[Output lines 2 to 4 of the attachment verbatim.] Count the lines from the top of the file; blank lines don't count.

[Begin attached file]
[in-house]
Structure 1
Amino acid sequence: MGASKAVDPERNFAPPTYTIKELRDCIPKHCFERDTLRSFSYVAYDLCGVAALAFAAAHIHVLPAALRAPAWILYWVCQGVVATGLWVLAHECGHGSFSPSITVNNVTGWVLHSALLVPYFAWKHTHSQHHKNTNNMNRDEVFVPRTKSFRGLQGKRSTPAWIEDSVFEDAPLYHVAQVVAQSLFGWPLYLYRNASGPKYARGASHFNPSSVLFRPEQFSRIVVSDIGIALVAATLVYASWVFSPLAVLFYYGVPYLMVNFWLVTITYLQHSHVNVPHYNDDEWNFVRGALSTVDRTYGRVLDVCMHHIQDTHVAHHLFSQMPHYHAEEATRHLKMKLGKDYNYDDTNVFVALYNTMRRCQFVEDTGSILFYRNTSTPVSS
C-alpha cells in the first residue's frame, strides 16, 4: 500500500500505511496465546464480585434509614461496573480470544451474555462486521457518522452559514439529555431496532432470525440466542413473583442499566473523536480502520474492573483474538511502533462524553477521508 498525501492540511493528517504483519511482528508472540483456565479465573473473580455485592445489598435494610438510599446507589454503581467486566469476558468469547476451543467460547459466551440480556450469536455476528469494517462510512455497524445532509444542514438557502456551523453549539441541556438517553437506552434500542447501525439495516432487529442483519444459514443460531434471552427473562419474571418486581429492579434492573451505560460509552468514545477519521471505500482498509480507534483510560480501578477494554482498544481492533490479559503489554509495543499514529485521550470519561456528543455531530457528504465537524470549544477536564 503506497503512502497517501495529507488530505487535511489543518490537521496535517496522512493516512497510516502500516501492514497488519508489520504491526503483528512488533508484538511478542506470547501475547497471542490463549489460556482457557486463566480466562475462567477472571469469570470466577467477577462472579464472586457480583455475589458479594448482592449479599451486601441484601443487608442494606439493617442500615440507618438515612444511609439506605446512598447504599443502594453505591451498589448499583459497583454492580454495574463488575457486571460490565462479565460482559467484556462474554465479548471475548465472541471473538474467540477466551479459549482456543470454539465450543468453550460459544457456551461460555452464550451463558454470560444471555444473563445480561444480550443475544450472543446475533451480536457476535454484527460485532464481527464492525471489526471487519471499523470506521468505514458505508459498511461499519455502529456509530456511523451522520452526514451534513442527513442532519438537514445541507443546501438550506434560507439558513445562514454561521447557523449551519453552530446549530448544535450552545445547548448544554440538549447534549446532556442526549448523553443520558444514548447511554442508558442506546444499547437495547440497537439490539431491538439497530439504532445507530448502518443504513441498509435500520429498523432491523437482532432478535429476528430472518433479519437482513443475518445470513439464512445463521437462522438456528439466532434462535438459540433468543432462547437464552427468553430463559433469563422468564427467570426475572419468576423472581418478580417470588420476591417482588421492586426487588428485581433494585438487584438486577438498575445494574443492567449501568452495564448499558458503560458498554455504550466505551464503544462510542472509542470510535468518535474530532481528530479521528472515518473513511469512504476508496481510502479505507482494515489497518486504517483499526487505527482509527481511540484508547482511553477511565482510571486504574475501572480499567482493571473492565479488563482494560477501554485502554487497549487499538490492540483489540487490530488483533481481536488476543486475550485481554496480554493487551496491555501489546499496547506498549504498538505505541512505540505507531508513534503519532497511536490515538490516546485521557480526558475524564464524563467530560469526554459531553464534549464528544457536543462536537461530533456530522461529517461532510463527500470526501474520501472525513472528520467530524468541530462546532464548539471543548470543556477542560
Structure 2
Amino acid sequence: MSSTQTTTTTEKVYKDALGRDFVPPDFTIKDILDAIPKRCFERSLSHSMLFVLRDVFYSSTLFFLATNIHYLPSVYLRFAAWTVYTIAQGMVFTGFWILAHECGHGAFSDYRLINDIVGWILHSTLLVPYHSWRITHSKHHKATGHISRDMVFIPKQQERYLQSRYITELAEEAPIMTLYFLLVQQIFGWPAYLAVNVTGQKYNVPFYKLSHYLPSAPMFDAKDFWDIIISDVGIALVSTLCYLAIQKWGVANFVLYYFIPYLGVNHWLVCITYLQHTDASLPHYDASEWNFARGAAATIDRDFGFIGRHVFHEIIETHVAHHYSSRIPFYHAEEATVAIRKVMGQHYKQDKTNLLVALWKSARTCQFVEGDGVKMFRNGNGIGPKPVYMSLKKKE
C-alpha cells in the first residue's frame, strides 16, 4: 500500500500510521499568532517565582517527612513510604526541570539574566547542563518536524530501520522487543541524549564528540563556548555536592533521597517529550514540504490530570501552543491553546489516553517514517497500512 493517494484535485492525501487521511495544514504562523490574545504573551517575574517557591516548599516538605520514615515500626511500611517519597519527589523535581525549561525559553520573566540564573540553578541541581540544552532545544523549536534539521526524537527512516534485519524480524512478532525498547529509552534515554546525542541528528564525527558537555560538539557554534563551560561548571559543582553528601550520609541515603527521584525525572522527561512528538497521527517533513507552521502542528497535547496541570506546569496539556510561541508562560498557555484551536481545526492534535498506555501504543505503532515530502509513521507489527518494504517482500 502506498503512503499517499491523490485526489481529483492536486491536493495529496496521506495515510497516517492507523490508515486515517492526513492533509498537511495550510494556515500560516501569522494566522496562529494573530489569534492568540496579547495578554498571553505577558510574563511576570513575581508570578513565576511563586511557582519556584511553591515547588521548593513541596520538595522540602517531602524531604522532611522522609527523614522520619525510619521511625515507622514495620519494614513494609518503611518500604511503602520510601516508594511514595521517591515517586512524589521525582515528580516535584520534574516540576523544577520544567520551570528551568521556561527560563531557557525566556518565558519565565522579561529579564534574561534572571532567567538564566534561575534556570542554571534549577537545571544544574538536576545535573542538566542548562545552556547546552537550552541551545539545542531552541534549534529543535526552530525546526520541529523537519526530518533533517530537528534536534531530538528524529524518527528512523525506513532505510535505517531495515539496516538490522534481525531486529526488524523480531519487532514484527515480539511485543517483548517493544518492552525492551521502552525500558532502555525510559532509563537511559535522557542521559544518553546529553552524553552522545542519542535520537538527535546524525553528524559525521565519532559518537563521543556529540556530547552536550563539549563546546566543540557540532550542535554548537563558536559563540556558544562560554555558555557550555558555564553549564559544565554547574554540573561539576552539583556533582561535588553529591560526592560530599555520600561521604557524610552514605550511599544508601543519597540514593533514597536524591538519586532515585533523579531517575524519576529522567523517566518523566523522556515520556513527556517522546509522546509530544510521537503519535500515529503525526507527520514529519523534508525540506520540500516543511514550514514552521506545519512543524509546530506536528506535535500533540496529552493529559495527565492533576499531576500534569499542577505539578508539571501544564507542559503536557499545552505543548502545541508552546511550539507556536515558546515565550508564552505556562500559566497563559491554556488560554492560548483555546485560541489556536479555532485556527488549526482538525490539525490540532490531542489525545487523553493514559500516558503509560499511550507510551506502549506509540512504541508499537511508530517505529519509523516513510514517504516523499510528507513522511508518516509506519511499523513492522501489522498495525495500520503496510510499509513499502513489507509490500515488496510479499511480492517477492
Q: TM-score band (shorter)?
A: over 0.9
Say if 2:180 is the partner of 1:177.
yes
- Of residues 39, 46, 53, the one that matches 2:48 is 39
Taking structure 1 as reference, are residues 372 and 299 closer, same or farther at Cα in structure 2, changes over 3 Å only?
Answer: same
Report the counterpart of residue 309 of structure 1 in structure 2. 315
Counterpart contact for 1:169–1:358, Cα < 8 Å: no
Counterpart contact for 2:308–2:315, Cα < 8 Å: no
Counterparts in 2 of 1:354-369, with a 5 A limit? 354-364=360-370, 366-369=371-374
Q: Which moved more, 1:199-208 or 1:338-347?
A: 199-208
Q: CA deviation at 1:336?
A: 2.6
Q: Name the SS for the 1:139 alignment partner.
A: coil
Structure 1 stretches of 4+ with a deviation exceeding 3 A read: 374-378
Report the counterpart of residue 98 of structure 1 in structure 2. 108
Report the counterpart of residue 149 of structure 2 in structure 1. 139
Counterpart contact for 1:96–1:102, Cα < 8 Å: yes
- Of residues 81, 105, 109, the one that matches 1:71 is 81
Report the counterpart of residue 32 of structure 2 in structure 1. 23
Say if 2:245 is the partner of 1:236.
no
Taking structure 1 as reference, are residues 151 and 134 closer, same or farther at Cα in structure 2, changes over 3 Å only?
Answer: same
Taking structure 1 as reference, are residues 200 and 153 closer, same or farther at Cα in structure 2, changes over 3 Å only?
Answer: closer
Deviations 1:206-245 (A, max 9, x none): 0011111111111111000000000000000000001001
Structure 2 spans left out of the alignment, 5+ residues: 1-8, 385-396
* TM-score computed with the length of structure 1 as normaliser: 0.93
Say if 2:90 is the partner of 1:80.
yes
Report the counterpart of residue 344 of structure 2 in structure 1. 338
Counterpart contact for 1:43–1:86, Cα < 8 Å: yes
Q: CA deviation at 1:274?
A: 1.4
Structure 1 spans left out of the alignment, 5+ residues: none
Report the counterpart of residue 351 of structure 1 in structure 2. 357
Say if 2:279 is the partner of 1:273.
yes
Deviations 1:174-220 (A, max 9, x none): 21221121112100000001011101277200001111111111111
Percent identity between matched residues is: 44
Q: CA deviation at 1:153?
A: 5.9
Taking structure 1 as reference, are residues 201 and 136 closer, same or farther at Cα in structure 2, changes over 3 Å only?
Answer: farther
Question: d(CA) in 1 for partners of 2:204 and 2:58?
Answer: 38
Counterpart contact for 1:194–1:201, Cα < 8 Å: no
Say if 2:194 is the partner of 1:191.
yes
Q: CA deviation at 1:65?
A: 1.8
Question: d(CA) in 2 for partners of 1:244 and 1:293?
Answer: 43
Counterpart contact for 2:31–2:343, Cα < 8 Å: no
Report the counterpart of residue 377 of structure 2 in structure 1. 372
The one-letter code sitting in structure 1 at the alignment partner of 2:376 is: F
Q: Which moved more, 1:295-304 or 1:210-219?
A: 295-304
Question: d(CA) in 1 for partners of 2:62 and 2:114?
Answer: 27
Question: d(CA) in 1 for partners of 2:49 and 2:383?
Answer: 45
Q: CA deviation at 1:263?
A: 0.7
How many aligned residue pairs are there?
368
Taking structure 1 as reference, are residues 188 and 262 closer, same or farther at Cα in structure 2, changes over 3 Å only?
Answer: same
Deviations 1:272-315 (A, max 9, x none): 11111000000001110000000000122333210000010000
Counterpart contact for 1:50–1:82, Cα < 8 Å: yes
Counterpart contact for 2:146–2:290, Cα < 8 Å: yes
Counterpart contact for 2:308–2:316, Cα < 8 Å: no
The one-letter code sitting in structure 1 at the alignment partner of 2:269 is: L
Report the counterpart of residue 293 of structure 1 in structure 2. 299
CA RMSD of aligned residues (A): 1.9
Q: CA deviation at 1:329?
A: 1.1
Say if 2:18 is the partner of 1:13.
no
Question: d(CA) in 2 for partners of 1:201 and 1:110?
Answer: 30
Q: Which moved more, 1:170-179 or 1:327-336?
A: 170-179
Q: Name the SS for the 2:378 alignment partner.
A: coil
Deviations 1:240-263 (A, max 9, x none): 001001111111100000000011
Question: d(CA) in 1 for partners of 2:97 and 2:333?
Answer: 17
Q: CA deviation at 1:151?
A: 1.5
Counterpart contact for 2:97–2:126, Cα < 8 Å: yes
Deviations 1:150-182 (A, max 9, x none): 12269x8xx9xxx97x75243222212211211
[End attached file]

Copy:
Structure 1
Amino acid sequence: MGASKAVDPERNFAPPTYTIKELRDCIPKHCFERDTLRSFSYVAYDLCGVAALAFAAAHIHVLPAALRAPAWILYWVCQGVVATGLWVLAHECGHGSFSPSITVNNVTGWVLHSALLVPYFAWKHTHSQHHKNTNNMNRDEVFVPRTKSFRGLQGKRSTPAWIEDSVFEDAPLYHVAQVVAQSLFGWPLYLYRNASGPKYARGASHFNPSSVLFRPEQFSRIVVSDIGIALVAATLVYASWVFSPLAVLFYYGVPYLMVNFWLVTITYLQHSHVNVPHYNDDEWNFVRGALSTVDRTYGRVLDVCMHHIQDTHVAHHLFSQMPHYHAEEATRHLKMKLGKDYNYDDTNVFVALYNTMRRCQFVEDTGSILFYRNTSTPVSS
C-alpha cells in the first residue's frame, strides 16, 4: 500500500500505511496465546464480585434509614461496573480470544451474555462486521457518522452559514439529555431496532432470525440466542413473583442499566473523536480502520474492573483474538511502533462524553477521508 498525501492540511493528517504483519511482528508472540483456565479465573473473580455485592445489598435494610438510599446507589454503581467486566469476558468469547476451543467460547459466551440480556450469536455476528469494517462510512455497524445532509444542514438557502456551523453549539441541556438517553437506552434500542447501525439495516432487529442483519444459514443460531434471552427473562419474571418486581429492579434492573451505560460509552468514545477519521471505500482498509480507534483510560480501578477494554482498544481492533490479559503489554509495543499514529485521550470519561456528543455531530457528504465537524470549544477536564 503506497503512502497517501495529507488530505487535511489543518490537521496535517496522512493516512497510516502500516501492514497488519508489520504491526503483528512488533508484538511478542506470547501475547497471542490463549489460556482457557486463566480466562475462567477472571469469570470466577467477577462472579464472586457480583455475589458479594448482592449479599451486601441484601443487608442494606439493617442500615440507618438515612444511609439506605446512598447504599443502594453505591451498589448499583459497583454492580454495574463488575457486571460490565462479565460482559467484556462474554465479548471475548465472541471473538474467540477466551479459549482456543470454539465450543468453550460459544457456551461460555452464550451463558454470560444471555444473563445480561444480550443475544450472543446475533451480536457476535454484527460485532464481527464492525471489526471487519471499523470506521468505514458505508459498511461499519455502529456509530456511523451522520452526514451534513442527513442532519438537514445541507443546501438550506434560507439558513445562514454561521447557523449551519453552530446549530448544535450552545445547548448544554440538549447534549446532556442526549448523553443520558444514548447511554442508558442506546444499547437495547440497537439490539431491538439497530439504532445507530448502518443504513441498509435500520429498523432491523437482532432478535429476528430472518433479519437482513443475518445470513439464512445463521437462522438456528439466532434462535438459540433468543432462547437464552427468553430463559433469563422468564427467570426475572419468576423472581418478580417470588420476591417482588421492586426487588428485581433494585438487584438486577438498575445494574443492567449501568452495564448499558458503560458498554455504550466505551464503544462510542472509542470510535468518535474530532481528530479521528472515518473513511469512504476508496481510502479505507482494515489497518486504517483499526487505527482509527481511540484508547482511553477511565482510571486504574475501572480499567482493571473492565479488563482494560477501554485502554487497549487499538490492540483489540487490530488483533481481536488476543486475550485481554496480554493487551496491555501489546499496547506498549504498538505505541512505540505507531508513534503519532497511536490515538490516546485521557480526558475524564464524563467530560469526554459531553464534549464528544457536543462536537461530533456530522461529517461532510463527500470526501474520501472525513472528520467530524468541530462546532464548539471543548470543556477542560